Of course, Pollitt doesn’t seem to know that most athletes who play these “elite” sports are also given fractional scholarships that only pay for, say, twenty to thirty percent of just tuition (and this is in most cases). This is an incredibly broad and flawed argument, if only because it doesn’t recognize the diversity of 1. student athletes 2. athletic programs 3. NCAA Division (I, II, III).
And I’m not even sure what this last bit means.
Basically, colleges are saying to kids lucky enough to go to excellent resource-rich high schools, Don’t worry about that missed chemistry lab, those 200 pages still to go in One Hundred Years of Solitude, those French irregular verbs—bring us your backhand and your butterfly stroke.
Again, athletes who excel at sports are not necessarily from resource-rich high schools. And if Katha Pollitt truly believes that by taking sports out of academics all together we will somehow get disinterested youth excited about One Hundred Years of Solitude and French irregular verbs, I suggest she gets out of Manhattan and sees what it’s like west of the Hudson (or, you know, in any high school or college classroom). This is why people identify with the idea that New Yorkers (or liberals in general) are somehow pointing their noses down at “real America” (a phrase I neither endorse nor tolerate); wealthy essayists/poets who actually make the argument that the only thing standing between underprivileged, inner-city youth and a subscription to the Iowa Review is the expunging of college athletics are toxic to their own cause.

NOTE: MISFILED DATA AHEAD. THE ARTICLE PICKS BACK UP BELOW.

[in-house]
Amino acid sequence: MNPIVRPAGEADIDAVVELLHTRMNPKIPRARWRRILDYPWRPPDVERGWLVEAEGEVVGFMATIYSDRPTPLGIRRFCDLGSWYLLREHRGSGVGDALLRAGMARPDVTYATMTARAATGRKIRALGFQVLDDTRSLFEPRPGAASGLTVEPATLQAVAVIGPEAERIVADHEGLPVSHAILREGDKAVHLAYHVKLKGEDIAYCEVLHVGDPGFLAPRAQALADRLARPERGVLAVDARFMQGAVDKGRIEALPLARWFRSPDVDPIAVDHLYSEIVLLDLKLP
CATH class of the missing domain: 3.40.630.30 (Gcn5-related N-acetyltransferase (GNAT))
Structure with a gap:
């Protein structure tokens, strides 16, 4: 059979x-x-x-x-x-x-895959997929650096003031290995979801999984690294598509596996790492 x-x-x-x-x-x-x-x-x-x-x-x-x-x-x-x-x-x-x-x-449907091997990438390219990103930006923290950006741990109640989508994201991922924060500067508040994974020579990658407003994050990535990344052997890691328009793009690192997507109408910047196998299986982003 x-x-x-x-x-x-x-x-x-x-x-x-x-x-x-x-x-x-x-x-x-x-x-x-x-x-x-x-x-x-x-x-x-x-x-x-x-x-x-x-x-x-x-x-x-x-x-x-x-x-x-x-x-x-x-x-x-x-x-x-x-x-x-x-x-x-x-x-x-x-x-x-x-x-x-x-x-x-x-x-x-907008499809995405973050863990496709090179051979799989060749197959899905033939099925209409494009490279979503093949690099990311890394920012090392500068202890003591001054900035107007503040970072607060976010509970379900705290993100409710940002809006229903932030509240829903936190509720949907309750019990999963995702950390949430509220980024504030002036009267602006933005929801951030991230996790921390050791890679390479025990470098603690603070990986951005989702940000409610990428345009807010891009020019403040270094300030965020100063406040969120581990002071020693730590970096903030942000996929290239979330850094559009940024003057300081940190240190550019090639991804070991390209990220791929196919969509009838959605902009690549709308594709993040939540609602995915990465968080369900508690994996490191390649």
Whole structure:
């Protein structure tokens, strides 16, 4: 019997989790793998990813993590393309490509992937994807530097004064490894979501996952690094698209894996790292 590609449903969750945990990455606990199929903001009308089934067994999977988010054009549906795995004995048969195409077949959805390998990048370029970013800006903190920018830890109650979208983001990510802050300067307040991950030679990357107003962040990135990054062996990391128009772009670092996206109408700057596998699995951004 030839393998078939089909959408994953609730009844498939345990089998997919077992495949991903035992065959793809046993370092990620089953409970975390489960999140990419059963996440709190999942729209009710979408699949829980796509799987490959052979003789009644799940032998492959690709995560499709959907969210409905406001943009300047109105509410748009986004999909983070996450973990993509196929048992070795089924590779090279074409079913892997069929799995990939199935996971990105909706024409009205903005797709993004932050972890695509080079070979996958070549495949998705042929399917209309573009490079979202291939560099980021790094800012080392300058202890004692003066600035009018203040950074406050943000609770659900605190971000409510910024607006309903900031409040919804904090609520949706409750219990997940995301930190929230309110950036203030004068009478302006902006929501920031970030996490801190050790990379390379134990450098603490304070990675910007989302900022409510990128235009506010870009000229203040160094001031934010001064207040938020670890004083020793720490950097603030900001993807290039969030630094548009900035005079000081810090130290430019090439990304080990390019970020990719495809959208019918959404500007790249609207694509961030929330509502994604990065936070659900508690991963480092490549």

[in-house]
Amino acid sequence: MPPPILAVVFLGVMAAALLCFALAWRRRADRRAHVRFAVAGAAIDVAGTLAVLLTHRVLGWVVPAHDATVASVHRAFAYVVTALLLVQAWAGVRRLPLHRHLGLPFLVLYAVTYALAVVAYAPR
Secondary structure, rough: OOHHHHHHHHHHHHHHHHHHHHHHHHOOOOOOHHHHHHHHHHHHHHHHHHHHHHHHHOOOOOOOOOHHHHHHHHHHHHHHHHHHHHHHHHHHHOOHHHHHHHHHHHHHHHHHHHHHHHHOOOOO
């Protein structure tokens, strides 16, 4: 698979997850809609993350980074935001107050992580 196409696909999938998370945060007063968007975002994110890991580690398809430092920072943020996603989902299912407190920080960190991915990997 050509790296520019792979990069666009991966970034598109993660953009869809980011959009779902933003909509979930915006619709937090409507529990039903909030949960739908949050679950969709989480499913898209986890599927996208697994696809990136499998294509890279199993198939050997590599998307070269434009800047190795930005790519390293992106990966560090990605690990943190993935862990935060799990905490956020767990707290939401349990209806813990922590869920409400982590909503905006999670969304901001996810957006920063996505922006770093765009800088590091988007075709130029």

It gets worse, and decidedly more political, so I won’t really go more than waist-deep in Pollitt’s murky argument. (Emphasis mine in the following excerpt.)
And that brings us to the patriarchal aspect of the Penn State scandal. I know it’s predictable and boring, but come on, people! There really is a message here about masculine privilege: the deification of a powerful old man who can do no wrong, an all-male hierarchy protecting itself (hello, pedophile priests), a culture of entitlement and a truly astonishing lack of concern about sexual violence. This last is old news, unfortunately: sexual assaults by athletes are regularly covered up or lightly punished by administrations, even in high school, and society really doesn’t care all that much.
I will buy every single trivial (see: two can play the pissing-on-something-I-don’t-see-much-cultural-value-in game!) poetry or essay collection Pollitt has ever released if she can just provide me evidence that “society doesn’t care all that much” about the cover-up of sexual assault? Has she been watching the news? Is she aware of the backlash about the very scandal about which she’s writing? Humorously enough, Pollitt buries this loaded accusation in the final paragraph because, really, why not?